The art of sponsorship

Carlsberg’s announcement that it will sponsor an exhibition at the Royal Academy of Arts cuts sharply across its football sponsor image.

The nation cheered this week when England qualified for the quarter-final of the Euro 2004 tournament. However, the championship started ominously when defeat in the first match to France was followed by ugly scenes that seem to dog the national team in major tournaments – that of lager-fuelled hooligans rampaging through the streets both home and abroad.

Such incidents will have caused untold embarrassment for sponsors such as Carlsberg, which shelled out &£15m to become the official beer of the championship. It did not go unnoticed that in the same week as the violence, the brand tried to move away from being associated with “just” football and drinking by embracing the arts through sponsoring an exhibition at the Royal Academy of Arts later this year (MW last week). This will be Carlsberg UK’s first foray into the highbrow world of fine arts, as it attempts to shift perceptions about the lager.

A different picture

The exhibition will be called Ancient Arts to Post Modernism and will include works by Gaugin, Monet, Sisley, Degas and also Greek and Roman antiquities. The works are being loaned by the Copenhagen museum Ny Carlsberg Glyptotek, where the art collection was built up by father and son Carl and Helge Jacobsen, descendants of the founder of the brewing company. The show will run from September 18 to December 10.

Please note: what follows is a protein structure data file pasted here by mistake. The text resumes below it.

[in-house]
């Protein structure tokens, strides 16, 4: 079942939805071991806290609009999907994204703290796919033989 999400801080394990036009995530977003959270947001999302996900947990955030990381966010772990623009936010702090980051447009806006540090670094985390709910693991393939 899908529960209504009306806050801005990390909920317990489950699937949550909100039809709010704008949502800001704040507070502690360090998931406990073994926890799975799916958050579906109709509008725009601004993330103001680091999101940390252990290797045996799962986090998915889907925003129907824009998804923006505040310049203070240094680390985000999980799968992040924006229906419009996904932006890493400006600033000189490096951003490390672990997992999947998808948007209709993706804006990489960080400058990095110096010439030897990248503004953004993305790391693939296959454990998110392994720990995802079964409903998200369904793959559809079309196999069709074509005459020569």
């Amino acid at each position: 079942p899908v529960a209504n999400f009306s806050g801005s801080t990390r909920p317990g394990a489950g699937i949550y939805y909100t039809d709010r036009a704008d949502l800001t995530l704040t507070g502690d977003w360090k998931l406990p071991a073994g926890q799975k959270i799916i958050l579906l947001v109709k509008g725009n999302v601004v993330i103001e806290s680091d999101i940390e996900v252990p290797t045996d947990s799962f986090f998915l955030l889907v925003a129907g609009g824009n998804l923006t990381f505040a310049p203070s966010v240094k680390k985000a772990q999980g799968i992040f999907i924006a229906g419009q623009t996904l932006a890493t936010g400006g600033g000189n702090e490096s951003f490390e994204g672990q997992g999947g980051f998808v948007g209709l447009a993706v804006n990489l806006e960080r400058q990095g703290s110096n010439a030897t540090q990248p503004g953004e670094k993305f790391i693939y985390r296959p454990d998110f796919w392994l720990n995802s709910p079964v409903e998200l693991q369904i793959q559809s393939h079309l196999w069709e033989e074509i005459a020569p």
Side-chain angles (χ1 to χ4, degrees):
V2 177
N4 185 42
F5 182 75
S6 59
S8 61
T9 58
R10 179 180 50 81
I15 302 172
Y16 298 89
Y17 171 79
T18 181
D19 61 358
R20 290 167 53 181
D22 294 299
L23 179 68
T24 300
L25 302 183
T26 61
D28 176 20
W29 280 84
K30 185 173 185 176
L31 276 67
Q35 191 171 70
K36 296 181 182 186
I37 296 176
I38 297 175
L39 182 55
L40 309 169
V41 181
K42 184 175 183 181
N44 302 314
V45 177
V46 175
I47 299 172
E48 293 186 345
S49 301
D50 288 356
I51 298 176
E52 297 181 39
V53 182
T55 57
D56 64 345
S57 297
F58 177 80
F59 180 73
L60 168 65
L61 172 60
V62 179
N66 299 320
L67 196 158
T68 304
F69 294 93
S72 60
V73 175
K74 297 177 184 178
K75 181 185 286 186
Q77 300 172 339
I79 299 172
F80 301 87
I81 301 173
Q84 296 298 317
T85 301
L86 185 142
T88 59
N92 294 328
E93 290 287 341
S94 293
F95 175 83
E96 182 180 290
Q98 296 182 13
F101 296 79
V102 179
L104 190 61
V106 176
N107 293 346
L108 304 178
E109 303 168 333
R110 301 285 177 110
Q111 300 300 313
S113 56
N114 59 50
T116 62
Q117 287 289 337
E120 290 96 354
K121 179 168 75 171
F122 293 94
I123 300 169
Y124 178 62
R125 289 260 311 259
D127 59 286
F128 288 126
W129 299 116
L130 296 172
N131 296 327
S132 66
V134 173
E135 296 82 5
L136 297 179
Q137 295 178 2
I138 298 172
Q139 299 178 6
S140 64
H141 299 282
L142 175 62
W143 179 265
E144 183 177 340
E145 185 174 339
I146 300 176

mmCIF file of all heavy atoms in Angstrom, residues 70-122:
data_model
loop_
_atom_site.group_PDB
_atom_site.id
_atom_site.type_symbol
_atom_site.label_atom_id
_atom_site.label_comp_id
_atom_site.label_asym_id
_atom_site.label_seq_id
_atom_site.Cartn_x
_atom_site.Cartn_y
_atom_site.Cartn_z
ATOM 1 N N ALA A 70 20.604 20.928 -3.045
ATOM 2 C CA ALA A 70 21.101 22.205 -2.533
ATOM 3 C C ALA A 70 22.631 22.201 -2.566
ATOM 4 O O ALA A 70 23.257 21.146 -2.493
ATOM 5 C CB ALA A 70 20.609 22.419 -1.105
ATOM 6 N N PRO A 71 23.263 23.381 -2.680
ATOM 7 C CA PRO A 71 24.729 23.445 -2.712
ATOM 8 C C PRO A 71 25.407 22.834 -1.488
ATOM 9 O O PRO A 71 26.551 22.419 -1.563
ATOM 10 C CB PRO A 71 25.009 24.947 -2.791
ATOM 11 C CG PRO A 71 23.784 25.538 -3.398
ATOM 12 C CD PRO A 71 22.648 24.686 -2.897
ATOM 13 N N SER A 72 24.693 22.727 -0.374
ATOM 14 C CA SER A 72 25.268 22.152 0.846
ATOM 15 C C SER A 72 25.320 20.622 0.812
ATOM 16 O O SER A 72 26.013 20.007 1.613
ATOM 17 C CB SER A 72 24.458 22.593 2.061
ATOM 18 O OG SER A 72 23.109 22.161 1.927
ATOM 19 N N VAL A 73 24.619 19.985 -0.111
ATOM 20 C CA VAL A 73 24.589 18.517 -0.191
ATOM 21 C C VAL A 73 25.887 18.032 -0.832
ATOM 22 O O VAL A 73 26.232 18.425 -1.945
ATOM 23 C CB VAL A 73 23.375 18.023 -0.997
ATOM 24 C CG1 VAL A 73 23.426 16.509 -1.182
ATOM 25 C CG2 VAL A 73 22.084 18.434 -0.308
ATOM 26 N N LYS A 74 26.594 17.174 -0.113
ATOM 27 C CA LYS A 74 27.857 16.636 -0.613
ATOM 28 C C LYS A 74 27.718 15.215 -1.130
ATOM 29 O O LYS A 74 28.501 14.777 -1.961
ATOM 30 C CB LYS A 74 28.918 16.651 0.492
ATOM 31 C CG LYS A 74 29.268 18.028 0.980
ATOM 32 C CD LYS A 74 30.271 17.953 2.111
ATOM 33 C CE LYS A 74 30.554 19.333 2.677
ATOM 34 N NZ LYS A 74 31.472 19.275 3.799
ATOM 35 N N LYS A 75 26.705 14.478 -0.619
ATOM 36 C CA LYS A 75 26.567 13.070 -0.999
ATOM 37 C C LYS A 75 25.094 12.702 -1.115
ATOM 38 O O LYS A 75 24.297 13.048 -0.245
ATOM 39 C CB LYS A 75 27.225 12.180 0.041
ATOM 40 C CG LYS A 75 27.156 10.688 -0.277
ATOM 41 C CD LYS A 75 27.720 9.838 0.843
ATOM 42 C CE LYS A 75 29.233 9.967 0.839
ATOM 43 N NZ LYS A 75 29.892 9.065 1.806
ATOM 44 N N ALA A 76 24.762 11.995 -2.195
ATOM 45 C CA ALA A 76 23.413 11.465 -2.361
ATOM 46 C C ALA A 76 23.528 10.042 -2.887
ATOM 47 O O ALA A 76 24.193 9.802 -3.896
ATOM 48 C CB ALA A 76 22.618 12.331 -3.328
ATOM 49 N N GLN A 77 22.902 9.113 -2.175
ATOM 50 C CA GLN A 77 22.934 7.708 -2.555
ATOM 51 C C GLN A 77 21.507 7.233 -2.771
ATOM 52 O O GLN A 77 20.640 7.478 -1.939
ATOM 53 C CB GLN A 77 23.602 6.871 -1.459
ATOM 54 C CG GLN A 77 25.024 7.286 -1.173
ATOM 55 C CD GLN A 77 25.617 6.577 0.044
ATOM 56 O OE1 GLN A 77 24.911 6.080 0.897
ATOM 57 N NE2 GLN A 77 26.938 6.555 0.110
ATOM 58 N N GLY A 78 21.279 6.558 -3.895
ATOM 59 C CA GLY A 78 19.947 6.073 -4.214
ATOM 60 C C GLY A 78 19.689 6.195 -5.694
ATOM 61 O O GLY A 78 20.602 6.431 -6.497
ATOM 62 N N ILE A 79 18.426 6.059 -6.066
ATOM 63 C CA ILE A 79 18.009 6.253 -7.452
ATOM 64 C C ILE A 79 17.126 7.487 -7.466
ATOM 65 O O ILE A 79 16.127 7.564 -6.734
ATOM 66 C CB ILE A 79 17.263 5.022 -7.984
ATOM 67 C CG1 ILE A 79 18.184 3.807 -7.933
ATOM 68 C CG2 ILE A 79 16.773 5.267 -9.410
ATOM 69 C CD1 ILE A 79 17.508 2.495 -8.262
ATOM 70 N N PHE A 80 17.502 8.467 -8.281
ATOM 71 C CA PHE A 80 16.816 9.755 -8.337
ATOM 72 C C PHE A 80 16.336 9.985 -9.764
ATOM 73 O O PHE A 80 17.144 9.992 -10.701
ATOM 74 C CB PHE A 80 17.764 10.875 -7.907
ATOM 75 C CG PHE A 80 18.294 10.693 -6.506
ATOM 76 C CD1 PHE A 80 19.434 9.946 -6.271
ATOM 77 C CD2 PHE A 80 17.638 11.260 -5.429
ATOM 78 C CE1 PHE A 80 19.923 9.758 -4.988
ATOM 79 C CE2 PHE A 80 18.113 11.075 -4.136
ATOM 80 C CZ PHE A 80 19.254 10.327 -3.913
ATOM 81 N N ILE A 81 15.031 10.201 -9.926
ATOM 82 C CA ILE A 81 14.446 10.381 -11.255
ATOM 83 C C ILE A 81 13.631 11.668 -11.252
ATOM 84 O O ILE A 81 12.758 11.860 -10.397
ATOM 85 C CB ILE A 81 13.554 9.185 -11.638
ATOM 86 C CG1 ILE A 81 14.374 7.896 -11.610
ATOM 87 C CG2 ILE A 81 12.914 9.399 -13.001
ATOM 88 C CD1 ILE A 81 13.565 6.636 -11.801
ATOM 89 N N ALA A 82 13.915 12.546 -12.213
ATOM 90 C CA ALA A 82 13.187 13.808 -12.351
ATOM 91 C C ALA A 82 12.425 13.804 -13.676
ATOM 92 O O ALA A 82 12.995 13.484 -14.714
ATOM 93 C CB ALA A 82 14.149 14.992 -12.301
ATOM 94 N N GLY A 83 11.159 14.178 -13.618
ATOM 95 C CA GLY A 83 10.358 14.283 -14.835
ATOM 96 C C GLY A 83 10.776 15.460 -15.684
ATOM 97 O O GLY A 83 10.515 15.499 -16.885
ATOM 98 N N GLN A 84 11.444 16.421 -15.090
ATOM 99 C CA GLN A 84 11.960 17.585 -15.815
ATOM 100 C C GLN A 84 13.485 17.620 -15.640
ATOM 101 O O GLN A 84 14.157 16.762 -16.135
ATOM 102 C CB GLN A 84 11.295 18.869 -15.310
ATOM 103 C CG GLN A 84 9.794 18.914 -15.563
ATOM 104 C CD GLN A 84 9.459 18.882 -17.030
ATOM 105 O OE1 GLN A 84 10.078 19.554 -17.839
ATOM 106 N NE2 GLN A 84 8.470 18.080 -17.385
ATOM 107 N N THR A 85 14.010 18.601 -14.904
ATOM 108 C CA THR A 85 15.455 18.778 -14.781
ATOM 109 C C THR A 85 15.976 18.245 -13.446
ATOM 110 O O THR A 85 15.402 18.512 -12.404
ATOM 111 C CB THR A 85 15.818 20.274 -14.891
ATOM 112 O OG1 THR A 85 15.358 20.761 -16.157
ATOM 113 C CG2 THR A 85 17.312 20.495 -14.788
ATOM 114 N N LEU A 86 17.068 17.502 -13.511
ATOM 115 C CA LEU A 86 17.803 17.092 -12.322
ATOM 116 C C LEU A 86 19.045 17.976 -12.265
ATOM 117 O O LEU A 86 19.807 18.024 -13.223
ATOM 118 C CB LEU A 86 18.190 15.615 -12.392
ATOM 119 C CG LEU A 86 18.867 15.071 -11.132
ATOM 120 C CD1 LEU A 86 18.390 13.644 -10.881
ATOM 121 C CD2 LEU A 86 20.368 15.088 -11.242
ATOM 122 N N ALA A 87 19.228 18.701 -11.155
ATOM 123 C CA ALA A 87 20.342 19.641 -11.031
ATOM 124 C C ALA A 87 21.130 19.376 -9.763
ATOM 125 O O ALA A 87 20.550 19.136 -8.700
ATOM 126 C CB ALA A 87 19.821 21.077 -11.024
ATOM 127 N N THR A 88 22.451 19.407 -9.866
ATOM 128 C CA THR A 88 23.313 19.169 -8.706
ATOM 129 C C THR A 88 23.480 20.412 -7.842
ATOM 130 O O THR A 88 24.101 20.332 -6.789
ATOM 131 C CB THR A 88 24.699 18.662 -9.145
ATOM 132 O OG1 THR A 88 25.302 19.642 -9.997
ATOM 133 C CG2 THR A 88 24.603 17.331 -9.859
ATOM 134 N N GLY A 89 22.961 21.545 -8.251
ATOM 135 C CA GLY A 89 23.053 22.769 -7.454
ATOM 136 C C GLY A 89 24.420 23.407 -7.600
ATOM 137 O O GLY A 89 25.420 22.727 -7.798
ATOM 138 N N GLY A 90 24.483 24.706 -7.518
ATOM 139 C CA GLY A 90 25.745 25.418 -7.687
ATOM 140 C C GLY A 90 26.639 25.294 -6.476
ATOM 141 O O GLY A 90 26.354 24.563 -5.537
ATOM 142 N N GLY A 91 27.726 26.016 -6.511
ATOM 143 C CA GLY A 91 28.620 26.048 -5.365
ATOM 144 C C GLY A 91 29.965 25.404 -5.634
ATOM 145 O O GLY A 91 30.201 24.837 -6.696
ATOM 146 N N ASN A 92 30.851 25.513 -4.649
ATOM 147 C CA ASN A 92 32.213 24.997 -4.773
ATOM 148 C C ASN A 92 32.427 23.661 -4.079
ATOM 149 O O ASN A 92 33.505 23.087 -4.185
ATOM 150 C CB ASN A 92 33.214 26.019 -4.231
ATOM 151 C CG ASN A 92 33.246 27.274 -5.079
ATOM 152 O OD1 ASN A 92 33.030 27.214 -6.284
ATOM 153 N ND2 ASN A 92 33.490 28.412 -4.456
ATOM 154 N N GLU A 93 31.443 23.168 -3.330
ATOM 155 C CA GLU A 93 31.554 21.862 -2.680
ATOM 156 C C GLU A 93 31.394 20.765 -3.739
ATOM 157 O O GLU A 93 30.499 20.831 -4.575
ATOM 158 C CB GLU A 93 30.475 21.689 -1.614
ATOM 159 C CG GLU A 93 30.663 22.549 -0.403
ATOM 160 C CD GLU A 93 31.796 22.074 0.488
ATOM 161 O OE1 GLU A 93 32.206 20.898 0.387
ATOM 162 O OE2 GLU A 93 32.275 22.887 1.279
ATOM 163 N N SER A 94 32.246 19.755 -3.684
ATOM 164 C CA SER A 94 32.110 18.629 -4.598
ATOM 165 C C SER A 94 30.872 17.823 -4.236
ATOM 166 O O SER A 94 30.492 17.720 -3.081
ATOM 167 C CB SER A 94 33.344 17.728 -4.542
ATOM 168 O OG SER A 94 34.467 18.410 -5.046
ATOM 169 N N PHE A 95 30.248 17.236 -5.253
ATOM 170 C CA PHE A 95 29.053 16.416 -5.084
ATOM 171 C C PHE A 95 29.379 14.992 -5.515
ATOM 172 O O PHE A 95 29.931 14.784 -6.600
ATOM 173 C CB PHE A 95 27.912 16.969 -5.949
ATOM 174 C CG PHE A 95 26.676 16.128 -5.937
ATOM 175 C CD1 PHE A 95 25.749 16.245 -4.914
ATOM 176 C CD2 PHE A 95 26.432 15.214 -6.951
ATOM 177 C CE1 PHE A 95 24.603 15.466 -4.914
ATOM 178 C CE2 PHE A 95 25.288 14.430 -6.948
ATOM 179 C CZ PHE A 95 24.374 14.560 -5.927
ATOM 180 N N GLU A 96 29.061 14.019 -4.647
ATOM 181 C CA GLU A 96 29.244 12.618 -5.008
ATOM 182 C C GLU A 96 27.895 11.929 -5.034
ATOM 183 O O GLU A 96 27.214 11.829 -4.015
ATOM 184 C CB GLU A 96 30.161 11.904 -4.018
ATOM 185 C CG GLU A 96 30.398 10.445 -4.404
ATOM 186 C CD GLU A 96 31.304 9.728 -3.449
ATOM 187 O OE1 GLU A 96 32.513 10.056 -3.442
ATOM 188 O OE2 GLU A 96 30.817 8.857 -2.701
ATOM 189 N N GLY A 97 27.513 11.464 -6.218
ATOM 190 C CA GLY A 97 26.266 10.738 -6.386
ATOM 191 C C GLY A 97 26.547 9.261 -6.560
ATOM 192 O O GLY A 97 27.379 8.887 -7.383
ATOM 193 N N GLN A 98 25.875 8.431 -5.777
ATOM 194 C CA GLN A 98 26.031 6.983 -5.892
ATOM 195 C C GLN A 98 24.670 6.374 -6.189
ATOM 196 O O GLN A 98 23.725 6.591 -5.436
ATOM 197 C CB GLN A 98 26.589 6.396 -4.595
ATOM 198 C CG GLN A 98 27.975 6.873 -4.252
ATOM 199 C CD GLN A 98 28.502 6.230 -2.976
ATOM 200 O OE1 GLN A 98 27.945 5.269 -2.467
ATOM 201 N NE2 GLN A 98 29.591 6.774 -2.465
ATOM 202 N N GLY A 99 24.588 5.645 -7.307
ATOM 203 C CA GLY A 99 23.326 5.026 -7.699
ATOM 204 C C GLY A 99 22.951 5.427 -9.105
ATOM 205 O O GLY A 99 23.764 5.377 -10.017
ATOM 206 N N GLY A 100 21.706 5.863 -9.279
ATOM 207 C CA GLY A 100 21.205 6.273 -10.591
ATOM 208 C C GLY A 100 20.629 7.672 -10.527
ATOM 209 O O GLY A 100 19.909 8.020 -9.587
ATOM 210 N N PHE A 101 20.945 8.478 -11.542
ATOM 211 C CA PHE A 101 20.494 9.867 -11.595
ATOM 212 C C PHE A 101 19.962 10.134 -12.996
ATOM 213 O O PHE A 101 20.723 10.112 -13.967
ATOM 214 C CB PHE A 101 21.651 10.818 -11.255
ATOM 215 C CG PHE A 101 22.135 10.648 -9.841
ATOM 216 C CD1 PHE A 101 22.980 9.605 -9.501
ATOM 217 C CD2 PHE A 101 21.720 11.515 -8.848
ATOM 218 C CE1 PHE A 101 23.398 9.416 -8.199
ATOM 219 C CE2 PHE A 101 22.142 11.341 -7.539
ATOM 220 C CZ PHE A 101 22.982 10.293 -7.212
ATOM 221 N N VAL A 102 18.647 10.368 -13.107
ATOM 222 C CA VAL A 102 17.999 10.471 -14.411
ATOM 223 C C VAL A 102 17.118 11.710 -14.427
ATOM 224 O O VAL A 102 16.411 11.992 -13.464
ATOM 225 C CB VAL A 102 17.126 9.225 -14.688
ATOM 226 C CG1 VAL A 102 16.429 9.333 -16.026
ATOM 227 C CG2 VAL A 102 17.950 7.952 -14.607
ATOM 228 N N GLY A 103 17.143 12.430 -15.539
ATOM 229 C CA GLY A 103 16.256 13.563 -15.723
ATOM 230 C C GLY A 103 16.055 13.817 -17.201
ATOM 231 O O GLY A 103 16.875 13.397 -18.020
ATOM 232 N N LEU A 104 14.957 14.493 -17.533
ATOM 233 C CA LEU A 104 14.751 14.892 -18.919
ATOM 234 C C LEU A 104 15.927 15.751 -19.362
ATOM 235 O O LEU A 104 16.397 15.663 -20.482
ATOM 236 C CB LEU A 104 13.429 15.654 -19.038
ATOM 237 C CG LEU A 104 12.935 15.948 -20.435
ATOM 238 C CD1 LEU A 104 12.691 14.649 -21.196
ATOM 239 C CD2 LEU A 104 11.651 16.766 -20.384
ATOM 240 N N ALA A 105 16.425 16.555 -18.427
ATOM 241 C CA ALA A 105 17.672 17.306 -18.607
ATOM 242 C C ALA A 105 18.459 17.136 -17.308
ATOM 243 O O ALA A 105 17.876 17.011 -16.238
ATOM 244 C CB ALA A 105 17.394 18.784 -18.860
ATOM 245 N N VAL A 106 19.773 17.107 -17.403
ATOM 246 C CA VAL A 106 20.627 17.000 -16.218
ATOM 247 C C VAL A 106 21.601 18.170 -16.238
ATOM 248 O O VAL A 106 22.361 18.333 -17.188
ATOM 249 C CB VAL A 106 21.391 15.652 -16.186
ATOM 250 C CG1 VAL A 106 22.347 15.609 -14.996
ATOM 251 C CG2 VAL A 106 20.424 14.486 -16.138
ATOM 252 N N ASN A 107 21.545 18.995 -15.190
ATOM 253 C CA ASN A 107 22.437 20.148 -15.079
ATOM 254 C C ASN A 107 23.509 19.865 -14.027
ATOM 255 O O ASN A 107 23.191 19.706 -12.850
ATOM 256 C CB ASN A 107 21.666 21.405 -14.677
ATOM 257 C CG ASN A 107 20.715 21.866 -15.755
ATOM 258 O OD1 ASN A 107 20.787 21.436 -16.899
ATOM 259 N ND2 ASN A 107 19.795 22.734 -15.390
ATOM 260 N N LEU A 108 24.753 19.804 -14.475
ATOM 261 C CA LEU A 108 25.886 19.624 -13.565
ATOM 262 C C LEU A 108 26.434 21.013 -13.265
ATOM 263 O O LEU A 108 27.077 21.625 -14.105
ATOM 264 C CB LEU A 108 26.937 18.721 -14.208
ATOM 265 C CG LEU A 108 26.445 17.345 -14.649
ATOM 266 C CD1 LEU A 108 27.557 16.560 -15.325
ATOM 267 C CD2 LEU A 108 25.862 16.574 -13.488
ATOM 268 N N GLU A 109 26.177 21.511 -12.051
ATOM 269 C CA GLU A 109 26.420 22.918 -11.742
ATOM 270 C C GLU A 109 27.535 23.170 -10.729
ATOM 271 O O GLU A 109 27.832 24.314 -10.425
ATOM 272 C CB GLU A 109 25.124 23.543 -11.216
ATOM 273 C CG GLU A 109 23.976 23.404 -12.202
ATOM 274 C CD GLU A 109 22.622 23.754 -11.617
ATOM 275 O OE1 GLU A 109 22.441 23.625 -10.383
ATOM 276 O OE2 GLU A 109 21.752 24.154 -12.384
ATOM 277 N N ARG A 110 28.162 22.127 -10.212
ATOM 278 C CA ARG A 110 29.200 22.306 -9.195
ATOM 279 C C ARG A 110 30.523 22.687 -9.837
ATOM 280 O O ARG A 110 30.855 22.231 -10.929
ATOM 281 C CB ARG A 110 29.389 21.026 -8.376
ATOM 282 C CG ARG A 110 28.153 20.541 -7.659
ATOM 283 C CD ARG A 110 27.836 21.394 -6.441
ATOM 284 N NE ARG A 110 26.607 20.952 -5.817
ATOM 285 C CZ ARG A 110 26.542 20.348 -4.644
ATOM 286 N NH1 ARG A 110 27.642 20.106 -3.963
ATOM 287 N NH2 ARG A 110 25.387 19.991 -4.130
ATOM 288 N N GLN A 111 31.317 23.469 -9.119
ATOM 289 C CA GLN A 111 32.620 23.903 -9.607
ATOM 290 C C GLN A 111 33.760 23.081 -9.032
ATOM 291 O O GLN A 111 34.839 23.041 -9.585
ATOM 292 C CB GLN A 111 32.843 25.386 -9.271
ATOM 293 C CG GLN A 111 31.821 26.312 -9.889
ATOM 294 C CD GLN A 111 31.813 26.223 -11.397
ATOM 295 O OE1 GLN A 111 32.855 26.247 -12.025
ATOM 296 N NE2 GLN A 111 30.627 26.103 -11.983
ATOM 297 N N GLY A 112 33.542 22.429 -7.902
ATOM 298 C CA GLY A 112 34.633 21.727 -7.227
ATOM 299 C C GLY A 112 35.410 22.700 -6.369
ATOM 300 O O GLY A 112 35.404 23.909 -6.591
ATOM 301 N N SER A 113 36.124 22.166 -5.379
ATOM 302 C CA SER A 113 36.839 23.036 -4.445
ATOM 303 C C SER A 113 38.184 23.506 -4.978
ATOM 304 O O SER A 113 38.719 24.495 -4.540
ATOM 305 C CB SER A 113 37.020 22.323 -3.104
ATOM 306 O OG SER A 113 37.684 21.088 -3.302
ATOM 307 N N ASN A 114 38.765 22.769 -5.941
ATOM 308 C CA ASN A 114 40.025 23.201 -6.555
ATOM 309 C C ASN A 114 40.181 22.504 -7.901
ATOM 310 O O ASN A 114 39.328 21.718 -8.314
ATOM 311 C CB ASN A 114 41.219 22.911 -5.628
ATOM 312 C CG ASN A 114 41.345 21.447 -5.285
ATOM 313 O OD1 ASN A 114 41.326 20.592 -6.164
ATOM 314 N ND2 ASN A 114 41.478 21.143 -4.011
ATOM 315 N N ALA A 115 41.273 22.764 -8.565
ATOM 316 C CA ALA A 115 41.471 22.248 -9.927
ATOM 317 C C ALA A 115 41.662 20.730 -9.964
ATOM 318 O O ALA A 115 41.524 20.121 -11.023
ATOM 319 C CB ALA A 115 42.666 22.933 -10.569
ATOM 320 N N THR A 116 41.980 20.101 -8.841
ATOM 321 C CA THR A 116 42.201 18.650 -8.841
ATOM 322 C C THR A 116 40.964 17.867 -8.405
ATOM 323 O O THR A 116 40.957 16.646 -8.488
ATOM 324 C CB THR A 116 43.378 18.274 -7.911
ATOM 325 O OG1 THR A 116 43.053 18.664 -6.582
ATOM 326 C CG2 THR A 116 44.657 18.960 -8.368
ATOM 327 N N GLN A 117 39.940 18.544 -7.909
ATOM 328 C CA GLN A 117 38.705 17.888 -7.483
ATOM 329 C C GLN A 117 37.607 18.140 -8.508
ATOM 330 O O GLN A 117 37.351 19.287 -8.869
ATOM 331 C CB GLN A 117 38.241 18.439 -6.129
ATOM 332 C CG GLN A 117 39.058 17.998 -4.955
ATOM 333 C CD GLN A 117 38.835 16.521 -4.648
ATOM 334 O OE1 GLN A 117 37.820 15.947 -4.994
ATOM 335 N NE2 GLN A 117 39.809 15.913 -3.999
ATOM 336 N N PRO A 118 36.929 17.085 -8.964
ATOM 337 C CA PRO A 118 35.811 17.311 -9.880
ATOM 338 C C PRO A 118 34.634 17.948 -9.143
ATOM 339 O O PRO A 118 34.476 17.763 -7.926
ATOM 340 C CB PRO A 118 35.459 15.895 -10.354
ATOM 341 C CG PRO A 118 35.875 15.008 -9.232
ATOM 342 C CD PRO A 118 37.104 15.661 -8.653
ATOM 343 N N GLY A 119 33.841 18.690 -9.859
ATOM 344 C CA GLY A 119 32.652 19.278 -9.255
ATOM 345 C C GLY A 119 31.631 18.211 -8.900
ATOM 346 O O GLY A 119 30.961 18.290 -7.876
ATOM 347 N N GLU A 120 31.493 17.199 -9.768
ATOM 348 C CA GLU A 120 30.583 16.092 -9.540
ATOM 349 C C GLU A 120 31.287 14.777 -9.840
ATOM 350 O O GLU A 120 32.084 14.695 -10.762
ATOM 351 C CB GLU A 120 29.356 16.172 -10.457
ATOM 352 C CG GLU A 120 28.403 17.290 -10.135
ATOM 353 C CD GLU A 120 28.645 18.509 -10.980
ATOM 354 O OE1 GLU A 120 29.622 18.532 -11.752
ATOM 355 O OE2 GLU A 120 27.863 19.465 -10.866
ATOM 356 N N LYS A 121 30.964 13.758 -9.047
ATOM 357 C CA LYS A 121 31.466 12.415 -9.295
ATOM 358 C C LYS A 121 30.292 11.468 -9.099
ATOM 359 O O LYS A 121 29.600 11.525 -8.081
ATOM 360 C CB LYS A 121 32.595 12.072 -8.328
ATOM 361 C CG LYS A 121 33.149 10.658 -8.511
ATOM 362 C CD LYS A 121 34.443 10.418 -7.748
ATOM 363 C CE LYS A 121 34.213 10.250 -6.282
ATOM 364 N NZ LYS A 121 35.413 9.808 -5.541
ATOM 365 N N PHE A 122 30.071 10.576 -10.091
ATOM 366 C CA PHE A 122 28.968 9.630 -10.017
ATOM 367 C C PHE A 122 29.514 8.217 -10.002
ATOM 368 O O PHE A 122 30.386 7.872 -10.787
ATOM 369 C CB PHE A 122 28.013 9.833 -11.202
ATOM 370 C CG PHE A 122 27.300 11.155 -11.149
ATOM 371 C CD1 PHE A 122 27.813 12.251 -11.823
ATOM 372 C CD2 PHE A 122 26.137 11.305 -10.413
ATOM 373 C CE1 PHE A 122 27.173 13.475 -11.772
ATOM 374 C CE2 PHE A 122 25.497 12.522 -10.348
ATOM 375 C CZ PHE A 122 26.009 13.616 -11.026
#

In its heartland of Denmark, Carlsberg has traditionally strong links with the art world, but the sponsorship of the Royal Academy marks the first time that a mass-market lager in the UK has stepped outside associations with the sport and music industries.

The investment in the exhibition is chicken-feed compared to the &£35m Carlsberg is spending on the three-week Euro 2004 football tournament. Experts say that the additional spend on advertising, marketing and promotions will take the total sponsorship of the eight official sponsors of Euro 2004 to &£300m.

However, the arts link-up is already generating headlines, because it has taken not only the drinks industry by surprise, but also experts in the field of art. One marketer sees it as an “incongruous” link amounting to a PR and publicity stunt. “In the UK, Carlsberg does not stand for being profound. Instead its brand essence lies in its partnership with sports and football. This involvement with an art exhibition will only confuse its customers,” she says.